Willits project now back before Basalt
A project that’s probably the largest in Basalt’s history – as well as the most scrutinized – will be back before the Town Council tonight.
The developers of the Willits project, formerly known as Sopris Meadows, are trying to earn approvals for a commercial core they want to build in a downtown grid-style on a wedge of land bounded by Highway 82 and Willits Lane.
Willits has already proven to be a successful residential development. Scores of homes, townhouses and apartments have sprung up like mushrooms on the land over the last 18 months.
The property is located just upvalley from the El Jebel City Market. It stretches from Willits Lane to the Midvalley Clinic and back to the Basalt Industrial park.
While the residential part of the project has flourished, the commercial portion has languished in Basalt town government’s review process. Preliminary approvals for 458,000 square feet of commercial space were granted in 1995 and in 1997 – the first two steps of Basalt’s three-step review process.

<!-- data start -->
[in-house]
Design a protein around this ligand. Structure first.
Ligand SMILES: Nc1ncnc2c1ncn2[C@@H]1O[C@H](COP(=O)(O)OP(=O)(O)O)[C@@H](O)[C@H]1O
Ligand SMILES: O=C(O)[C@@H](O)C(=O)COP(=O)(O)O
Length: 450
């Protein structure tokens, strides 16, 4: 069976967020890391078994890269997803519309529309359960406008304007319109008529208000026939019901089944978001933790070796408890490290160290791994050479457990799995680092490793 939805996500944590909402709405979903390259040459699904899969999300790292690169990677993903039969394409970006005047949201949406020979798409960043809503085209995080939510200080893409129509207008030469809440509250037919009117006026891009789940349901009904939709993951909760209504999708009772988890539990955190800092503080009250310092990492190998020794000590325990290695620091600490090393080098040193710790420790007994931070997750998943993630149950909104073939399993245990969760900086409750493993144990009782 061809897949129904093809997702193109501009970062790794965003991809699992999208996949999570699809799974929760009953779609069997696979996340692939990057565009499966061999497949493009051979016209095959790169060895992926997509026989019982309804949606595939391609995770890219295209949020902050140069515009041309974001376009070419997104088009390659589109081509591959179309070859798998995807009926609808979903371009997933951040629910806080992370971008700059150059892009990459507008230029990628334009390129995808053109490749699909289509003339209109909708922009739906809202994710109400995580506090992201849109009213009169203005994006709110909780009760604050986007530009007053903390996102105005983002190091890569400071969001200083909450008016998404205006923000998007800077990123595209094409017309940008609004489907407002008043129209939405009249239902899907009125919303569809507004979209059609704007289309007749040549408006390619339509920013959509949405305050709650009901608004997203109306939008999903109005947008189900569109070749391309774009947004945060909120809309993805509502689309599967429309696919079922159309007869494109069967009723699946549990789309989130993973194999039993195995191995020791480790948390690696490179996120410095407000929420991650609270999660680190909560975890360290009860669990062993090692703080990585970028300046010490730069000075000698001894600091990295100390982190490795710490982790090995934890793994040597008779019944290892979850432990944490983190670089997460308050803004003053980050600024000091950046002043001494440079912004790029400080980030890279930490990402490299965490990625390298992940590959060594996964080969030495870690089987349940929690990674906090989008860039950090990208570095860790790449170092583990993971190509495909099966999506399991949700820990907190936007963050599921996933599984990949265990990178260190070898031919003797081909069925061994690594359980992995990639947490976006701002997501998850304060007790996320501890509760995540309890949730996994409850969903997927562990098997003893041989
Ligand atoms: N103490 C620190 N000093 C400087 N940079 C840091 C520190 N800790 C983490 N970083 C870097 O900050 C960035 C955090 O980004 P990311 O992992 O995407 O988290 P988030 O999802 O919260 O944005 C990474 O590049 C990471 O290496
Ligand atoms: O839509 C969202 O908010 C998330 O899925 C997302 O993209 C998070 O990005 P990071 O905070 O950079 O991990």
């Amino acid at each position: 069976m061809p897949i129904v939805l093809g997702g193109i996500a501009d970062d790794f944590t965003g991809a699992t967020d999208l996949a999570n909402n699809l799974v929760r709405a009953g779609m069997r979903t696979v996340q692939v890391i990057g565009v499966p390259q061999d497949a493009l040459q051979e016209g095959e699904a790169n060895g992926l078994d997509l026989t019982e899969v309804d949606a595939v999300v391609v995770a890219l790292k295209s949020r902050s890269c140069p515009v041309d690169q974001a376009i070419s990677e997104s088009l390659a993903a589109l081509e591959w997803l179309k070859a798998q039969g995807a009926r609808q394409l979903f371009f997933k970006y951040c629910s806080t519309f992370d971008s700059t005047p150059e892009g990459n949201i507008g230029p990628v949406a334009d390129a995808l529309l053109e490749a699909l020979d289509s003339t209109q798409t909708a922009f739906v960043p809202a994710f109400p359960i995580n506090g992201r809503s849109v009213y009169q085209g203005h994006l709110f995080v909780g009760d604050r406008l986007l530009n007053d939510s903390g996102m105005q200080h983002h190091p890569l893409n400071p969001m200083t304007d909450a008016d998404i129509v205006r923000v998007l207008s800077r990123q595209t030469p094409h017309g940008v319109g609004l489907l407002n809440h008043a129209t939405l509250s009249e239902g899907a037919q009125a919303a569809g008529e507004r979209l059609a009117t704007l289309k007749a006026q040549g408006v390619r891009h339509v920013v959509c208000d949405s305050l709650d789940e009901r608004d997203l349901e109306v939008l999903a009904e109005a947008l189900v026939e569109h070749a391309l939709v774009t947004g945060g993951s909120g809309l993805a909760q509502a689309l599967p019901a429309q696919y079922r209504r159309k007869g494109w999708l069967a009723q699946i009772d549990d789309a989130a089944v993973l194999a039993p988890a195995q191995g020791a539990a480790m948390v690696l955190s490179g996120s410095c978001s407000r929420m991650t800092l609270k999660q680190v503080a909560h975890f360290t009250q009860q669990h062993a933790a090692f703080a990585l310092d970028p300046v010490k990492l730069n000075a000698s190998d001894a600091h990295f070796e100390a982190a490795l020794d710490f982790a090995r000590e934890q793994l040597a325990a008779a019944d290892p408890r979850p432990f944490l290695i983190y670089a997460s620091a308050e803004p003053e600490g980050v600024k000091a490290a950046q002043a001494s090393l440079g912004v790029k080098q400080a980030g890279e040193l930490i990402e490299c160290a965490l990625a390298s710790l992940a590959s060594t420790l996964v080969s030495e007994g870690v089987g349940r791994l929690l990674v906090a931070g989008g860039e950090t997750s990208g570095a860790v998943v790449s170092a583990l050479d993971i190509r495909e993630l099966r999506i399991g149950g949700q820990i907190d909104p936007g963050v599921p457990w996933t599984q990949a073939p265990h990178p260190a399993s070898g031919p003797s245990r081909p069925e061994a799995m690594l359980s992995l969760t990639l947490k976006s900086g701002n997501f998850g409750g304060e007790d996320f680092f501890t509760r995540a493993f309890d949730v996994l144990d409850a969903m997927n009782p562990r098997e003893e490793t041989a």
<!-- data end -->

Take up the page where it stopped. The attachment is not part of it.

The Town Council balked early this summer at granting final approval. Board members said the proposal had changed too drastically from earlier versions while the developers claimed the town’s requirements were a moving target.
Michael Lipkin heads the ownership group of Willits. His development partners are Clay Crossland and Paul Adams of Basalt Trade Associates.
They have reworked the application to a point where the town staff believes it is ready again for review by the council.
In the meantime, the town has passed a significantly tougher master plan that places a myriad of new requirements on development projects.
A memo to the Town Council from the staff noted that the Willits project “does not have vested rights or final approvals at this time and is subject to recently adopted Town Ordinances including affordable housing, lighting, parkland and school impact provisions.”
Lipkin said Monday he couldn’t comment on the memo because he hadn’t seen it yet.
The town planning staff advises that at least four meetings will be needed for the project’s final review. Tuesday’s meeting is expected to help the board better visualize what is being proposed. Lipkin and his partners have prepared a model of the town center and additional sketches to demonstrate the character of the commercial core.
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